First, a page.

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Helicopter silencers used to turn all surfaces stereo

by Staff Writers
Las Vegas, Nevada (AFP) Jan 9, 2008
A failed effort to soften the noise from British military helicopters led to a breakthrough enabling surfaces from mobile telephone screens to car roof liners to be turned into stereo speakers.

The technology was sold to Cambridge-based NXT, which christened it "SurfaceSound" and arranged for it to be crafted into Toyota cars, Gateway computers, Hallmark greeting cards and more.

"The UK ministry of defense was experimenting with a way to dampen the sound in helicopters and developed a honeycombed material that did the opposite -- conducted sound," James Bullen of NXT told AFP.

A prototype of a folding flat-panel speaker about the size of a pocket journal and 14 millimeters thick was among creations NXT showed off at this week's Consumer Electronics Show in Las Vegas.

Bullen flipped open a Butterfly speaker made by Iqua Ltd. and plugged in an iPod Nano. An instant later, Frank Sinatra's voice belted out richly in NXT's suite in the Las Vegas Hilton.

Between the Butterfly and a view of snow-capped mountains outside the desert city was a Gateway all-in-one computer with a transparent "SoundVu" screen that doubles as a speaker for music or online conversations.

The screen aims music directly at computer users while not interfering with what they are seeing on the screen.

The screen can be divided into as many as six different speaker zones, meaning someone could have online chats with a half dozen people at once.

Toyota has SurfaceSound in the head liners of four of its car models and the material is used in screens of some mobile telephones available in Japan, according to NXT, which licenses the technology to electronics makers.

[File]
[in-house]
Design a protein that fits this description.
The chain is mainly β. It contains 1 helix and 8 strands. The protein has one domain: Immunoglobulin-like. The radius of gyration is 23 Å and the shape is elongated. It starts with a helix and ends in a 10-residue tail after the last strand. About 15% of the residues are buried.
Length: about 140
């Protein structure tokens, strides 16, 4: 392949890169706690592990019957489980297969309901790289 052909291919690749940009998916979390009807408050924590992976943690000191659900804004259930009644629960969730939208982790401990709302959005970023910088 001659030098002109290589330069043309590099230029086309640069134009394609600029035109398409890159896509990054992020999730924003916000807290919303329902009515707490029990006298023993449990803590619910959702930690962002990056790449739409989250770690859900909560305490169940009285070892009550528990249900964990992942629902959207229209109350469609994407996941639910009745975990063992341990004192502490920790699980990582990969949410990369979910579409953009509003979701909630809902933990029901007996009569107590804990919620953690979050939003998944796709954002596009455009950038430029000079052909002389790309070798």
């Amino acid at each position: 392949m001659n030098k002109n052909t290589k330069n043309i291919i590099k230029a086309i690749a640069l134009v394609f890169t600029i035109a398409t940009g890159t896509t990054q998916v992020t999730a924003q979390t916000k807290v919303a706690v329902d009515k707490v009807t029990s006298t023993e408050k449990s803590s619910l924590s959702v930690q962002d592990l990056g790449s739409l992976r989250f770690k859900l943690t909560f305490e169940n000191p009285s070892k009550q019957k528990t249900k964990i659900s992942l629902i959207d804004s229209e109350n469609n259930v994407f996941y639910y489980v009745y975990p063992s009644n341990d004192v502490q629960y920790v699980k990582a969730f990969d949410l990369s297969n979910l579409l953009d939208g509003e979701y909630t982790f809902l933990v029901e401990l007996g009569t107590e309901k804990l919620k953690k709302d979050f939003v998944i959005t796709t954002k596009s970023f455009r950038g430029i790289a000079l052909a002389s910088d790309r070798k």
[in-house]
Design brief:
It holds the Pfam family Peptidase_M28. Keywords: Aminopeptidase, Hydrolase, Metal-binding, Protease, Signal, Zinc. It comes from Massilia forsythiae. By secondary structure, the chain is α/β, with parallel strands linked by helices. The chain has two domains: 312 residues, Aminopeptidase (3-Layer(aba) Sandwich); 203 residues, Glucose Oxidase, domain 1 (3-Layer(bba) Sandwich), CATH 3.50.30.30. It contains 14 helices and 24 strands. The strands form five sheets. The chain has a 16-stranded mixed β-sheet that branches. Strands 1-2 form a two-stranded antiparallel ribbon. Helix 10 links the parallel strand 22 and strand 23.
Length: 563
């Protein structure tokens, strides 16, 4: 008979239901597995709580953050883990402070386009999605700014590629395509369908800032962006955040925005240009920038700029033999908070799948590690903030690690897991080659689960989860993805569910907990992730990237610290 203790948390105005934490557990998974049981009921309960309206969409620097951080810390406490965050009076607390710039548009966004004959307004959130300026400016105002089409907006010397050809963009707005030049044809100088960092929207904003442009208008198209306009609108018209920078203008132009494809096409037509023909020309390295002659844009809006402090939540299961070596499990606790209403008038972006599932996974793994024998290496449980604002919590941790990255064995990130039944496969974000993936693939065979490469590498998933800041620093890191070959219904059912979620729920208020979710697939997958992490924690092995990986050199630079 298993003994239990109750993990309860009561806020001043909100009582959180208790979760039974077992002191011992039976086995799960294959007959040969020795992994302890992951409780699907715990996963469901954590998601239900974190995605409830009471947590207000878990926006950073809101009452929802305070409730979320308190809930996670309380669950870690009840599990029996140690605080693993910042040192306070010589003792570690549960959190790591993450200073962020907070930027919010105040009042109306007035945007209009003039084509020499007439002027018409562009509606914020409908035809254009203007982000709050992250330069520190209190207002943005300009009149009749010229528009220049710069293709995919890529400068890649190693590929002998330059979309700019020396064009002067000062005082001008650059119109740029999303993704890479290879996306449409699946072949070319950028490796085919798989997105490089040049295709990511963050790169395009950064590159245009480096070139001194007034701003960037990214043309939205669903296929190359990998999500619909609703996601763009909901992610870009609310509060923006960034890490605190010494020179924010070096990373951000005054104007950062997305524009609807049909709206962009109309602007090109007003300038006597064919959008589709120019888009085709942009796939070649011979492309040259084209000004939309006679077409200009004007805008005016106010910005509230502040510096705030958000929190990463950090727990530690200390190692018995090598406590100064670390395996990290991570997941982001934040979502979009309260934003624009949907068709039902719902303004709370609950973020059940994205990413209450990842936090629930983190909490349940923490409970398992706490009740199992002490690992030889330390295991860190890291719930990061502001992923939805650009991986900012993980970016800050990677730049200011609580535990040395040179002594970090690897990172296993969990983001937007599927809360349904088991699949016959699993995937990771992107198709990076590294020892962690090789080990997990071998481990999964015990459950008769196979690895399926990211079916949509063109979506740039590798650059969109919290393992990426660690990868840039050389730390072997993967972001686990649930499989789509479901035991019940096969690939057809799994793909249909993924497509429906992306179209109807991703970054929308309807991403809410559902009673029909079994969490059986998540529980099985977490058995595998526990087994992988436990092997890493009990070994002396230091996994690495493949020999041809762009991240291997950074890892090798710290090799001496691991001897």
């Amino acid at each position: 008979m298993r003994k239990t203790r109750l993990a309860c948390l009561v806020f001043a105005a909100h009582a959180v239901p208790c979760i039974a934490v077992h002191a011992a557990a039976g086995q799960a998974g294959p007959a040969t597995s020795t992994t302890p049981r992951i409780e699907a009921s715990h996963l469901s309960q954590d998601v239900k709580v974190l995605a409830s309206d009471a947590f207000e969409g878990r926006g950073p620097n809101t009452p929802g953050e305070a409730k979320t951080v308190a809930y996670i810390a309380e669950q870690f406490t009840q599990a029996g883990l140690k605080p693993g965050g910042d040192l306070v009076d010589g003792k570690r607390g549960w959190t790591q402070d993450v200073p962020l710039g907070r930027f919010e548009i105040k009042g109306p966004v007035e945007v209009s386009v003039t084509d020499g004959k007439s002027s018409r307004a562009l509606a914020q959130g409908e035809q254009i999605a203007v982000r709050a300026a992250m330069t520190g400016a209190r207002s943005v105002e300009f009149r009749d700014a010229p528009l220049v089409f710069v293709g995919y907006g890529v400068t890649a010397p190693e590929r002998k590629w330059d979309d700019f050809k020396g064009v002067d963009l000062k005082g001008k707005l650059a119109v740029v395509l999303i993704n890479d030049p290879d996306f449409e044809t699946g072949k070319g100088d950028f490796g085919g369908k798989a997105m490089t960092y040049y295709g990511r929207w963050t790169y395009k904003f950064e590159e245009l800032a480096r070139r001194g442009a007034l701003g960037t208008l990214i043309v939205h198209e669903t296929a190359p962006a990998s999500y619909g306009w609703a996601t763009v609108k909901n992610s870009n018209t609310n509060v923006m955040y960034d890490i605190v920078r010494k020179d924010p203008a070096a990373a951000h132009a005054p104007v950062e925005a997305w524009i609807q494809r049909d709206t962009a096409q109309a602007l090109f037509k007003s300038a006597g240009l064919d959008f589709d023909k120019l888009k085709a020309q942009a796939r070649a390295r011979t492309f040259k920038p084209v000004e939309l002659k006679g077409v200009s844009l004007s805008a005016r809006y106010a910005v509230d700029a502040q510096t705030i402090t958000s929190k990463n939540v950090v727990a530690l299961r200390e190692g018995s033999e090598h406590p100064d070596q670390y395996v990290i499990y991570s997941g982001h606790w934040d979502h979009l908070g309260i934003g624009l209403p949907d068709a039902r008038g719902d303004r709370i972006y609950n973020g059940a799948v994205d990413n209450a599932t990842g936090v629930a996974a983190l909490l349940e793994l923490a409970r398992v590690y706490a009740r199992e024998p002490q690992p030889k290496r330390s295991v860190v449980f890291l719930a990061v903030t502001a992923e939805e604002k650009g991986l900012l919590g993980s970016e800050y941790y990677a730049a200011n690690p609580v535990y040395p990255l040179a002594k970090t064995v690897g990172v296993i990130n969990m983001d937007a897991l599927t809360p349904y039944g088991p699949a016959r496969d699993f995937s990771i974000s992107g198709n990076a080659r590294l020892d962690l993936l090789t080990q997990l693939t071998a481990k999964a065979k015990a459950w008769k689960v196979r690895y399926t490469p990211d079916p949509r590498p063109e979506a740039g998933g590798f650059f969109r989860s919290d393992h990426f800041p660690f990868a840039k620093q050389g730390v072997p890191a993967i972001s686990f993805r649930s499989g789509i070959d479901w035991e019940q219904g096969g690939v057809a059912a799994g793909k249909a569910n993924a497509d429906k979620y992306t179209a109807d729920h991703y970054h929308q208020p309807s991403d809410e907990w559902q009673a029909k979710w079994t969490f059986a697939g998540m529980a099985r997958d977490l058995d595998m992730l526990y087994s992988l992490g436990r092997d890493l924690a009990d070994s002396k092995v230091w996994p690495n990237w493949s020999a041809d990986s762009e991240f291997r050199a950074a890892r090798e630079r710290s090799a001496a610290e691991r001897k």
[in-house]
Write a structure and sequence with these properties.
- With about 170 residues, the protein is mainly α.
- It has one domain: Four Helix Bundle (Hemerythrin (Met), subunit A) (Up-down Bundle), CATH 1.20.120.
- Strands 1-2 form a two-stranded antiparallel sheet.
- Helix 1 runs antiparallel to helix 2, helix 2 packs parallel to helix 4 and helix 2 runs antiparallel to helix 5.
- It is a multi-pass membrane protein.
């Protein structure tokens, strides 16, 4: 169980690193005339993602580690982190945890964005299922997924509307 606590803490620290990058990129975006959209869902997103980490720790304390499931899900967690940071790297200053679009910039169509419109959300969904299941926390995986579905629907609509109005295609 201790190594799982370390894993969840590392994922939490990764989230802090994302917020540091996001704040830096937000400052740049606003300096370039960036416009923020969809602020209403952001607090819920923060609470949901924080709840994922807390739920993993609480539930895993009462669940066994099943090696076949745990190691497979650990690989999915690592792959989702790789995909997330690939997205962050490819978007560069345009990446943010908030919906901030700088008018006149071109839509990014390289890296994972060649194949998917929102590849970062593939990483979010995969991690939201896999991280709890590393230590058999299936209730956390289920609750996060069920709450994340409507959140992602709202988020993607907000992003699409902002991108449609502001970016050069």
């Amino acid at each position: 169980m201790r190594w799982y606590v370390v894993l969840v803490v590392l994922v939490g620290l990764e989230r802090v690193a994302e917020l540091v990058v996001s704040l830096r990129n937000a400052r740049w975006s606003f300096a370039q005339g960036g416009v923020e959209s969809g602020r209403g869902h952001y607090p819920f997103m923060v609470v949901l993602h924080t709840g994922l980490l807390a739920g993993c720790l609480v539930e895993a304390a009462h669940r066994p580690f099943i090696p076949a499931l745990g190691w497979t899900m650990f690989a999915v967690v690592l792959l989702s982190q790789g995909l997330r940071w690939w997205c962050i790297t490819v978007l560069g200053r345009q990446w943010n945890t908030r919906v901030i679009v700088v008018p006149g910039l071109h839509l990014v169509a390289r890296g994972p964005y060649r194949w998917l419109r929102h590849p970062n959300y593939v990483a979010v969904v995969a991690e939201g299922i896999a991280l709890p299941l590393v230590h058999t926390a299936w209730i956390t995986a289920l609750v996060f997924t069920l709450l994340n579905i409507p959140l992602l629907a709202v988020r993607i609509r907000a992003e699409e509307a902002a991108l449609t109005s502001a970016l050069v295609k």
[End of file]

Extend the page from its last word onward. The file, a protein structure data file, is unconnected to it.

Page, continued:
NXT plans to tap into the booming digital photo frame market with models that project sound from clear acrylic screens directly at viewers. Current audio-enabled digital photo frames feature speakers in the rear.

Loudspeaker bars that clip to laptop computers and a slim hands-free mobile phone chatting device that fit on car visors are also made with SurfaceSound material.

NXT recently made a deal with greeting card giant Hallmark to use the technology in "big cards with big sound" when opened, Bullen said.

"These products speak for themselves," NXT chief executive Peter Thoms told AFP, claiming the pun was intended.

"The wow factor is when people hear it. We're going where other people can't put loudspeakers."

NXT is working on ways to put the technology to use in touch screens that promise to be part of a new rage in "natural interfaces" for computers, mobile telephones, televisions and other electronic devices.

The SurfaceSound material can be made to vibrate when touched, with individual frequencies tailored to each finger.

"We hear a lot of talk that touch screens are going to be big," Thoms said.

"So the challenge now is to make a silent loudspeaker; something you feel but don't hear unless you hold it close to your ear."

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Smaller Is Stronger - Now Scientists Know Why
Berkeley CA (SPX) Jan 03, 2008
As structures made of metal get smaller - as their dimensions approach the micrometer scale (millionths of a meter) or less - they get stronger. Scientists discovered this phenomenon 50 years ago while measuring the strength of tin "whiskers" a few micrometers in diameter and a few millimeters in length. Many theories have been proposed to explain why smaller is stronger, but only recently has it become possible to see and record what's actually happening in tiny structures under stress.

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